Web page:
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Rapid transit tokens

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Rapid transit tokens
Posted by Murphy Siding on Saturday, November 12, 2022 8:30 PM

     My wife has an estate sale business. We've run across a bag of tokens that someone collected. They are smaller and lighter weight than a dime. Each has a name of a transit line, railroad or city on it. They also have a letter punched out of the center. For examaple, the Sioux Falls Rapid Transit token has an 'S' punched out of it. They're pretty detailed. 

What can anyone tell me about these? I know the Sioux Falls tokens would be 100+ years old. It looks like these are all the same size. Could they be used in different place? Were they put into a slot, or handed to a conductor? Why not just use change instead of tokens?

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Posted by CSSHEGEWISCH on Sunday, November 13, 2022 9:52 AM

Most transit operators used fare tokens at some point.  As a rule, they were good only on the one operator: you couldn't use a CTA token on South Suburban Safeway Lines.  You usually dropped them in the farebox.  A token represented a full fare and was generally easier to use than change.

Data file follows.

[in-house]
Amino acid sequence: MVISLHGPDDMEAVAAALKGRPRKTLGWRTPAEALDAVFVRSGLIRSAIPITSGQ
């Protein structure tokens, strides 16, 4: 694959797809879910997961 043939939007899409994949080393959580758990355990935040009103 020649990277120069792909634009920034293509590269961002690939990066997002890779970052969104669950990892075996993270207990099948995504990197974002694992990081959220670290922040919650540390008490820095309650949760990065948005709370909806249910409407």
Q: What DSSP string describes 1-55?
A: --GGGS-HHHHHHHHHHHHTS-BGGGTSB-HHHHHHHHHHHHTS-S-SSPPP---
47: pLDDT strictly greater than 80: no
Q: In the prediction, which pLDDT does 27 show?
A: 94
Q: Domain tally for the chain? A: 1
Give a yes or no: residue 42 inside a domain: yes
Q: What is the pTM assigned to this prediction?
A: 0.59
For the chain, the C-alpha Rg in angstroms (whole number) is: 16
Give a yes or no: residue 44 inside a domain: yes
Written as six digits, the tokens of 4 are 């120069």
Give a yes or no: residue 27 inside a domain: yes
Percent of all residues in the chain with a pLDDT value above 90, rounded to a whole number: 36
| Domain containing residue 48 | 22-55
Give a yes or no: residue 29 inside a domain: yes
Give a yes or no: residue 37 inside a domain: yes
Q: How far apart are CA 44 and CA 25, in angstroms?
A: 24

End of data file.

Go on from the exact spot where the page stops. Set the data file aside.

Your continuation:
The daily commute is part of everyday life but I get two rides a day out of it. Paul
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Posted by Overmod on Sunday, November 13, 2022 4:59 PM

One reason for tokens was that conductors could not make them disappear like change - remember the old 'throw the take on the roof and whatever sticks to the car belongs to the company'.

A number of problems with fare cheating are simplified when the only thing 'valid' in a farebox is a specific token; the slot in the middle could be used for mechanical verification.

It was also possible to sell rolls of tokens at a discount from nominal fare as an incentive to ridership.

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Posted by MidlandMike on Sunday, November 13, 2022 8:33 PM

In New York City the tokens were dropped into a slot to allow the turnstile to turn so the passenger could enter the platform area.

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Posted by NKP guy on Monday, November 14, 2022 9:26 AM

   The Shaker Heights Rapid Transit Lines had fare collection booths and turnstiles downtown at their station underneath the Terminal Tower in Cleveland.  The turnstiles accepted either tokens or change.  At the fare booth the agent made change and sold tokens; Overmod is quite right about the discount one could get using tokens.  When fares were a quarter each, a stack (they never came rolled up) of ten tokens might sell for two dollars, or something like that.  So they made sense for commuters.